Charlz Gahrdaner
Gorj Haarpar
Ahlbyrt Harys
Ernyst Lynkyn
Rholynd Mahlry

I could go on since I’m only halfway through the alphabet but I can’t bear to. This is one of my least favourite methods. The author is trying to suggest some linguistic drift (there’s a rationale for this in the background) but since the book is written in English there’s a perversity in expecting the reader to struggle through these names. It interupts the plot for me as I try to work out what these names would have been before being garblerised like this. And I find it hard to believe in the linguistic drift concerned and feel instead that there’s something tortuous about a construction that can produce Zhaspyr Clyntahn for Jasper Clinton. And there are too many Ys. Fantasy authors of the world, lay down your Ys, they do not do you any good!

The Could Be A Name Method
This is the strategy of author Chris Wooding and I’ve not seen it employed by anyone else with the same conviction and authority. I first encountered it in his The Haunting Of Alaizabel Cray, the title itself being an example of the method. Wooding takes familiar names like Eliza and Isabel and slides them into each other to create a new and, to me, intrinsically believable name. Other characters in the same book include Thaniel Fox, Cathaline Bennett, Priscena Weston, Curien Blake and Mammon Pyke.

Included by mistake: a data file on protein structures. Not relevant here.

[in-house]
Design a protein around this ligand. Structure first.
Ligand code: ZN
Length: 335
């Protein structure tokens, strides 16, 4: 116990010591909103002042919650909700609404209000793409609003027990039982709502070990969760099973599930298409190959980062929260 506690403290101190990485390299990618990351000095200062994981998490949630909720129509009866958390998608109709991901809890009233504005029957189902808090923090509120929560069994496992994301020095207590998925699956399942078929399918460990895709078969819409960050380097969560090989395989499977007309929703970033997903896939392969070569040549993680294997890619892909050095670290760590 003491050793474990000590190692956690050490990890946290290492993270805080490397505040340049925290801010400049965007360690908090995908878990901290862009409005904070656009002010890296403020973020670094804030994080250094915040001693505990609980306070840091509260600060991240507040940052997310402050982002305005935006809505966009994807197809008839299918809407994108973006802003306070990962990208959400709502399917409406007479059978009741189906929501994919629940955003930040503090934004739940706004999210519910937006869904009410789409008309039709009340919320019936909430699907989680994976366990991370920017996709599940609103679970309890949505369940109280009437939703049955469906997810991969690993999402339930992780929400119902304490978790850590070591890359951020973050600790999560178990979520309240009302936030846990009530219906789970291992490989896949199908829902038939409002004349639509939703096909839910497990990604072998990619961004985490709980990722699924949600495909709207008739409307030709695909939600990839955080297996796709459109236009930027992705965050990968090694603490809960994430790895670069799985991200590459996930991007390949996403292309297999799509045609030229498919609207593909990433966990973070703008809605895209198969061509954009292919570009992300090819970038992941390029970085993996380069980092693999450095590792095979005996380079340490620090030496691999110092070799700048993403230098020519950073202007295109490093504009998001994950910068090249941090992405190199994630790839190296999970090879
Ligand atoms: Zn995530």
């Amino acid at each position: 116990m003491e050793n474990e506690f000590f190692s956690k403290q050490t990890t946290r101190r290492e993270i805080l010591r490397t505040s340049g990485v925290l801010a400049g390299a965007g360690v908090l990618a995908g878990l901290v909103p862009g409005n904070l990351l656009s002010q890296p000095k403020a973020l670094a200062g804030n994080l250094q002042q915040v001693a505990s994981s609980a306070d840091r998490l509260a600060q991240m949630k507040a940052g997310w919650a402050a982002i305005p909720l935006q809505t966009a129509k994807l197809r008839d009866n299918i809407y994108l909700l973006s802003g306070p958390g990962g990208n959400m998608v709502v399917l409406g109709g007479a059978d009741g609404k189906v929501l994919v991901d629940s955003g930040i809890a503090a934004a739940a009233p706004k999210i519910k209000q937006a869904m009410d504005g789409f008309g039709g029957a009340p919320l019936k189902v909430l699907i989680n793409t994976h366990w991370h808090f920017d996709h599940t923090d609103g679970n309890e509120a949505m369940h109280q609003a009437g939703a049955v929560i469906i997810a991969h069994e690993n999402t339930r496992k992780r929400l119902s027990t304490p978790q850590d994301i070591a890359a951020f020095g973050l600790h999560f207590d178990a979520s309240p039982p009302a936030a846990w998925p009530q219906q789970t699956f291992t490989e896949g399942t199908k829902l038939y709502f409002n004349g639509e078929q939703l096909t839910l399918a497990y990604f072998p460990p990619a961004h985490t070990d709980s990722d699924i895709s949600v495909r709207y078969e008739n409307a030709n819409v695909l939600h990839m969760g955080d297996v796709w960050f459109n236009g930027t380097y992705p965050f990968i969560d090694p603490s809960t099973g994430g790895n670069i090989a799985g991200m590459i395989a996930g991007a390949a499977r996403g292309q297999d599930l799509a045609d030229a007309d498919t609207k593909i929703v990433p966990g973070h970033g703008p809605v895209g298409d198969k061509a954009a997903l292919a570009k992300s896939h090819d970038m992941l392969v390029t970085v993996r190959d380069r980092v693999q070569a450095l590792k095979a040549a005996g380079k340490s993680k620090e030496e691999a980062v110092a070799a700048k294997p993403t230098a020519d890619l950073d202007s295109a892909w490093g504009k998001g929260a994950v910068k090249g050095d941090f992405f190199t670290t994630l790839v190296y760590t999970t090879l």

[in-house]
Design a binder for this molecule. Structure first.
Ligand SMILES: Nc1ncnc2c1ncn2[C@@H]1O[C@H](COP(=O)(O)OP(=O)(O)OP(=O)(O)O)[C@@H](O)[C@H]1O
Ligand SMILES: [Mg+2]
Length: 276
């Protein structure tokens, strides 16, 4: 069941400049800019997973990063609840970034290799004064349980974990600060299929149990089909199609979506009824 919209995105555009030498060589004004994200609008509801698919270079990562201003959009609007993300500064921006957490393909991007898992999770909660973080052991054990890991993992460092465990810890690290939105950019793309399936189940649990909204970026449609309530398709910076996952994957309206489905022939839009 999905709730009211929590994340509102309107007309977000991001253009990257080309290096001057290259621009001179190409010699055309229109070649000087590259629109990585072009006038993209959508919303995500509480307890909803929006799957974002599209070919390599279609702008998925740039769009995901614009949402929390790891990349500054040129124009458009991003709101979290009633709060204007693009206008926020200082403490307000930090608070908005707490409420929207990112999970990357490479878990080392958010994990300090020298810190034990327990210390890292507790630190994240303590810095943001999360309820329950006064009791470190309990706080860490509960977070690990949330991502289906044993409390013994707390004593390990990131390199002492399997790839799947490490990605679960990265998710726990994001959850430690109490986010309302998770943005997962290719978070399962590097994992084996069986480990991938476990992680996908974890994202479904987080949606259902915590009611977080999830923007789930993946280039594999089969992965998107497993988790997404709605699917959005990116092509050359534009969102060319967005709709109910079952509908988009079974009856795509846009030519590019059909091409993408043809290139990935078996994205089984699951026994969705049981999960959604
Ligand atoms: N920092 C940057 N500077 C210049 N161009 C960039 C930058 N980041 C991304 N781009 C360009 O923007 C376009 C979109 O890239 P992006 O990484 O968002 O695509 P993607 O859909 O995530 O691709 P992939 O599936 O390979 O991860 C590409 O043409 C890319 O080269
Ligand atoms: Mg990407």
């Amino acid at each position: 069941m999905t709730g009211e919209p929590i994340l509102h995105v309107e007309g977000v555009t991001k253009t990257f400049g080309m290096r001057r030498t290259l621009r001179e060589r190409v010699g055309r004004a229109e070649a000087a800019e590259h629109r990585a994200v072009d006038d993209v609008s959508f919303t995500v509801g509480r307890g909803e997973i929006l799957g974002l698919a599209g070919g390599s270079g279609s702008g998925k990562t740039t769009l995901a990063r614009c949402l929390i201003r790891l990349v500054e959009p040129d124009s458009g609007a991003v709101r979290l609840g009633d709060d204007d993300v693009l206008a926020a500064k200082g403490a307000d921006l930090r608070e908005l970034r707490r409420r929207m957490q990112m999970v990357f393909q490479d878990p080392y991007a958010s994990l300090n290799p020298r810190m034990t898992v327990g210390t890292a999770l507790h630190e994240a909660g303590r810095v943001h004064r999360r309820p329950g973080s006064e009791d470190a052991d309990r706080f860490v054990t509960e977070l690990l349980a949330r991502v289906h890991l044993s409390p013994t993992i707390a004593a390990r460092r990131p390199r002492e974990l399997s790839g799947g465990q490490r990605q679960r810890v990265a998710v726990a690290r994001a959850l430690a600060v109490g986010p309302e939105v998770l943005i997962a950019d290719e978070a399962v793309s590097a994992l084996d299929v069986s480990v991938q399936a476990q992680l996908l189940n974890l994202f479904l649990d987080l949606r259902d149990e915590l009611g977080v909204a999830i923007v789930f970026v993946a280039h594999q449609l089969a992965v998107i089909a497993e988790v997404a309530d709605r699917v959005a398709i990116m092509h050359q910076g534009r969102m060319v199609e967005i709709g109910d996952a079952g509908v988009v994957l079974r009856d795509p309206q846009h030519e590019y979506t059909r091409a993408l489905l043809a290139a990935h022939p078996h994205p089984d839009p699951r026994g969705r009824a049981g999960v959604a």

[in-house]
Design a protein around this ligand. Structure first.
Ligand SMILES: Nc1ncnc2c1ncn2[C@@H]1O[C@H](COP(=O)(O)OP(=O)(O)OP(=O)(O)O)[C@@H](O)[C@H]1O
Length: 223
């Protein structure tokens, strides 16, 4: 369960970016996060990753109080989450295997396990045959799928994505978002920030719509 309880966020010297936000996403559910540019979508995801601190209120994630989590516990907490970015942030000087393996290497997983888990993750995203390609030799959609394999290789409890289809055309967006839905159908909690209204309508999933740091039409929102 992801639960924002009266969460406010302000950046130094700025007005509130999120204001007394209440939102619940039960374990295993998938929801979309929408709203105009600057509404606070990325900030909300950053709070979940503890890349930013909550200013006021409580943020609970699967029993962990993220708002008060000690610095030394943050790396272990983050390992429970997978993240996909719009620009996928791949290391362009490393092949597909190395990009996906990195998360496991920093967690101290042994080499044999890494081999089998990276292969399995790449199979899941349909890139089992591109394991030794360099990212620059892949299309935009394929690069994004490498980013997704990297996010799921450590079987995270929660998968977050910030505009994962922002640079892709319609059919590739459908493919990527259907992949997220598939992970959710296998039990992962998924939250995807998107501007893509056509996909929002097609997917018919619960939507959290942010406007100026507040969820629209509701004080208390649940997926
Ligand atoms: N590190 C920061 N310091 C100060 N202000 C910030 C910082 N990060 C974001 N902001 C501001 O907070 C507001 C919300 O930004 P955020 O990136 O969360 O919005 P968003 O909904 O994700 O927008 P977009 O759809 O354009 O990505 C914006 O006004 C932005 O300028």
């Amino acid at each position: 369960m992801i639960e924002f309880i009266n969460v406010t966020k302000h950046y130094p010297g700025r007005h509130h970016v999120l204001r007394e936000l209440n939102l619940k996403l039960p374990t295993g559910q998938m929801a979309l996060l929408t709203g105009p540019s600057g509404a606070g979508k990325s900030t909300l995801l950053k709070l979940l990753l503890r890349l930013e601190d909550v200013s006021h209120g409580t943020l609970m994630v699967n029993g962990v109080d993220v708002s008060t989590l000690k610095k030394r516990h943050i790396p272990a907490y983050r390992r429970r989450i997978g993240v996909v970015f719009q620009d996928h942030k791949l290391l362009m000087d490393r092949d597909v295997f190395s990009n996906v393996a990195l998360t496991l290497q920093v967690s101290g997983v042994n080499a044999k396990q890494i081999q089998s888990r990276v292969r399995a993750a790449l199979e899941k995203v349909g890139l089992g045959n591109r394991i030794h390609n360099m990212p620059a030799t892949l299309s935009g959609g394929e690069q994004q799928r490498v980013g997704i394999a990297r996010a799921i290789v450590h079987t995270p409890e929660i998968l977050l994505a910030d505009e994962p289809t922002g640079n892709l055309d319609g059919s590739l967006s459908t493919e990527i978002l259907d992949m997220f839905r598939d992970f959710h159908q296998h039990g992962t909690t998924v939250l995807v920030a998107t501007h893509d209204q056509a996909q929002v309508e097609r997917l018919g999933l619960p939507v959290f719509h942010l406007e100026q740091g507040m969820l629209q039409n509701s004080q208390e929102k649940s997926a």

Wooding uses the same method in Retribution Falls, an unconnected adult novel. The hero is Darian Frey, Captain of the Ketty Jay. His crew includes Grayther Crake, Jezibeth Kyte, Jandrew Harkins among others. He is being hunted by Captain Trinica Dracken.

I really like this method. I think it has a fantasy flavour while preserving the credibility of a believable naming system. Wooding is good at it – so good I was surprised to encounter a book by him that doesn’t use this method and I was disappointed not get the name convention of naming.

And more…
There are other methods too, of course. More than I can enumerate in one post.

My own preferred style is Names As Things which you see in Hex with characters called Raven, Wraith and Revenge, in Rights of Passage with Charm and Ciren, in Waking Dream‘s Poppy and Bad Blood‘s Fox. I might be growing out of it though. There’s barely a name of a thing in my most recent book.

What name styles do you use and how do you employ them?

This was originally posted at my blog and then syndicated elsewhere. If you see the syndicated post, please comment on my blog.

1 Comment »

  1. The Burkiss Way:

    One of the most interesting things about the six-headed Omni-Quarrgs of the planet Cygo-Swarreldong in the star system of Grudni-Vogar-Actinax, in the constellation of “Go-and-upset-another-Scrabble-board-Les-I-need-a-new-name” is that they have only one word to stand for all 400 million nouns, adjectives, prepositions, verbs and adverbs. This is both a good thing and a bad thing. Bad for them, because since the word is obscene, no-one’s allowed to use it anyway, but good for science-fiction scriptwriters, because it enables me to go on and on and on about it for sixteen pages before we even start the story…

    Comment by HTFB — August 11, 2010 @ 11:01 am